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Alumni Spotlight: Karina A. Vado

Alum’s Research Examines Race and Gender in Science and Science Fiction

closeup selfie of beaming young woman     Karina A. Vado graduated with the MA in Women’s Studies in 2014. She began her PhD studies as a Florida Education Fund McKnight Doctoral Follow in UF’s Department of English in 2015. Karina’s research lies at the intersections of science fiction studies, science and technology studies, and critical race and gender studies. She has since advanced to candidacy and is currently at work on her dissertation titled, “Mapping Bloodlines, Engineering Utopia: Genetic Futurities and Race Mixture in American Speculative Fiction.”

As I was the only child of Nicaraguan immigrants, my parents were less than enthused about my wanting to pursue an MA in Women’s Studies. They couldn’t understand why I’d want to dedicate my life to researching “esoteric” issues given what they saw as the inevitable economic instability that comes with earning a non-STEM degree. Despite my parent’s initial reluctance, I decided to pursue the MA to gain a better understanding of how the intersections of race, class, gender, ethnicity, nationality, and sexuality inform(ed) the literary and cultural contributions made by people—especially women—of color in the Americas. Though I graduated from the program close to four years ago, the Women’s Studies question ofhow to merge feminist theory with feminist practice to critically address our most pressing social issues has stayed with me and has influenced how I approach my research questions, as well as the myriad intentional pedagogical strategies I employ inside and outside the traditional classroom.

Thanks to the interdisplinary education I received in the Center for Gender, Sexualities, and Women’s Studies Research (CGSWSR), my research on the politics and representation of mixed-race corporeality in (proto)genetic American science fiction is informed by my on-going training in the history of science (particularly of the life sciences), biological anthropology, and medical sociology. Approaching the study of science fiction literature in this manner allows me to differently engage in the important task of historically unpacking and problematizing the “science” in science fiction (SF), particularly in that of 20th century and contemporary multi-ethnic and feminist SF.

Likewise, the pedagogical training I received in the CGSWSR from the brilliant Dr. Carolyn Kelley prepared me to bring this very same interdisciplinary (and social justice inflected) focus to my classroom. I urge my students to examine and question texts’ ideological assumptions through this ever-necessary vantage point. For instance, in my upper-level English course entitled, “Extrapolating Race and Science in African American and Latinx/Chicanx SF,” my students are asked to read excerpts of scientific narratives such as Charles Darwin’s The Descent of Man. We then trace how colonial grammars of race, gender, and sexuality not only animate the scientific discourses of the period but also inform and shape the generic conventions of early white masculinist SF. Through this always interdisciplinary, always intersectional, and always historically, socially, and politically situated reading of literature, I encourage students, as I saw Dr. Kelley do during my time as her TA, to be stronger and more socio-politically aware critical thinkers, writers, and civically engaged agents.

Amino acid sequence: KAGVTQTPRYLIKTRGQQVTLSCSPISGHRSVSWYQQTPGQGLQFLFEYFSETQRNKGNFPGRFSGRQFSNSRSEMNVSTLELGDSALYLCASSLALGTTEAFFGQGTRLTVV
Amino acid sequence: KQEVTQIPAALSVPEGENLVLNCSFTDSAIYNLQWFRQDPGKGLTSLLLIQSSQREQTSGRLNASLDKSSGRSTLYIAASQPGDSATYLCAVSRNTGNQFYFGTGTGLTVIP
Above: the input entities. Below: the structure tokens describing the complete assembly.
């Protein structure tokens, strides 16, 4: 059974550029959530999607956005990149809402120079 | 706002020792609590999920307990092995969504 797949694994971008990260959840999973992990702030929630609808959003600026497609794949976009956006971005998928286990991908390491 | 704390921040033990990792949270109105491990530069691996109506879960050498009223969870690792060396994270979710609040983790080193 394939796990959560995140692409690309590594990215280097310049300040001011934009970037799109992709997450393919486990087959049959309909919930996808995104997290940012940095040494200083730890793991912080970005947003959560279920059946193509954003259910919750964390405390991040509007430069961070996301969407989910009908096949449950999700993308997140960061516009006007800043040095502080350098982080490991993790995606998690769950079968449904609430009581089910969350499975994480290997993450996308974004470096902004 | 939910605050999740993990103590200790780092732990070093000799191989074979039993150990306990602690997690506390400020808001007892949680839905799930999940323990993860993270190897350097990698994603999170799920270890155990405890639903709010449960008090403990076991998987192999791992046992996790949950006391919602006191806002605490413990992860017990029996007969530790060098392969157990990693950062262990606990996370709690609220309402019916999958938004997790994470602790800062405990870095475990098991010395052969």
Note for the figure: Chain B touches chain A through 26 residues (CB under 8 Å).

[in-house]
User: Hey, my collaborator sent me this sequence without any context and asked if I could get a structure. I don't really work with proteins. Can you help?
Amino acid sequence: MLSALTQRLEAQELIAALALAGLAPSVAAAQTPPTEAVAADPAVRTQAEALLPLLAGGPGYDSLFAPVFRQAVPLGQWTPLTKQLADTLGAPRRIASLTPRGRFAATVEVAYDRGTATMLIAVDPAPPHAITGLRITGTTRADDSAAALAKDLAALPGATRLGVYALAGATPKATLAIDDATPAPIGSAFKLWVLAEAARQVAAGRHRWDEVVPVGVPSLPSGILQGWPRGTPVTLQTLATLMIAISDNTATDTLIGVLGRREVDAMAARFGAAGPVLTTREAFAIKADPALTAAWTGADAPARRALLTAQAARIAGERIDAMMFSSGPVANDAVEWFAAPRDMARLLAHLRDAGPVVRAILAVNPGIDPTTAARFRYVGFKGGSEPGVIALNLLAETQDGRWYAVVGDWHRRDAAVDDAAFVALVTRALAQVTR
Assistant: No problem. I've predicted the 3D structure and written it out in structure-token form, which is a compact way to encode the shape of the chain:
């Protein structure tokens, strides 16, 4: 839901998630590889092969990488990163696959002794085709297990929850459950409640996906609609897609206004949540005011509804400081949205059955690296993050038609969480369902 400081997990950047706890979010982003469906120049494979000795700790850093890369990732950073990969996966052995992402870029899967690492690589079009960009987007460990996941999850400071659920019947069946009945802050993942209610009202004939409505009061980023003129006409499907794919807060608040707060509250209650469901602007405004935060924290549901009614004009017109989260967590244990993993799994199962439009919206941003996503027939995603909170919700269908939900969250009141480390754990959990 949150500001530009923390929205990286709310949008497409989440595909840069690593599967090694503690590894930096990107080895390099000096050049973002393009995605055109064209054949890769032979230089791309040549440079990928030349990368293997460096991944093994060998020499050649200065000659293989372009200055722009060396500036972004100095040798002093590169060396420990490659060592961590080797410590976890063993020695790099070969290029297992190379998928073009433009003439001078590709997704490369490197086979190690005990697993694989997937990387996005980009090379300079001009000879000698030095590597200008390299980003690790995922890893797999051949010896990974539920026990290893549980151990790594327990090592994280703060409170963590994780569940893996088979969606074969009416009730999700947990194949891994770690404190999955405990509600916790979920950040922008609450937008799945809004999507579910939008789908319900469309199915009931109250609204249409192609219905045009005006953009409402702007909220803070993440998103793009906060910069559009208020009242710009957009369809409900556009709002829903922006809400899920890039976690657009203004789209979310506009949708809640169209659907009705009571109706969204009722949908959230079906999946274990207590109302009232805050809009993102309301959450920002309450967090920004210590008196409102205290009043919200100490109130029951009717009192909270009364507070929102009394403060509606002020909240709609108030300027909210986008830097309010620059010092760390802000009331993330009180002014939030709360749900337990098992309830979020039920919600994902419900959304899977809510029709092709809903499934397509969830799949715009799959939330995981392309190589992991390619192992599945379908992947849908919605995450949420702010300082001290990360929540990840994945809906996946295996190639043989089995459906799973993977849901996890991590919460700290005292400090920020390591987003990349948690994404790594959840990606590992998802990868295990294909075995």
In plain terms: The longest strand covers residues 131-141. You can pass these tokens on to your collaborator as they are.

Aside from the invaluable research and pedagogical preparation I received in the CGSWSR, my MA experience encouraged my aspirations to be actively involved in social justice efforts outside of the university classroom. I currently serve as the Senior Coordinator of PODEMOS, a two-semester initiative offered by Hispanic- Latino Affairs that consists of an academic success program in the fall semester (Latino Educational Advancement Program, LEAP), and a professionalization program in the spring semester (Personal Opportunities and Diverse Experience Resource, PODER). Designed to assist first-year Latinx students acclimate to higher education, the program offers many of the bi-weekly academic, research, and professionalization workshops that I wish I had as a first-generation Latina college student. The program is entering its fourth semester and has tripled in numbers during this period, bringing us one step closer to increasing the amount of Hispanic-Latinx people in the United States who have earned a bachelor’s degree.

Ultimately, I credit the combination of research, pedagogical, and professionalization opportunities that the CGSWSR offered me in starting and influencing (to this day) what I hope will be a long and fruitful career as an activist- scholar.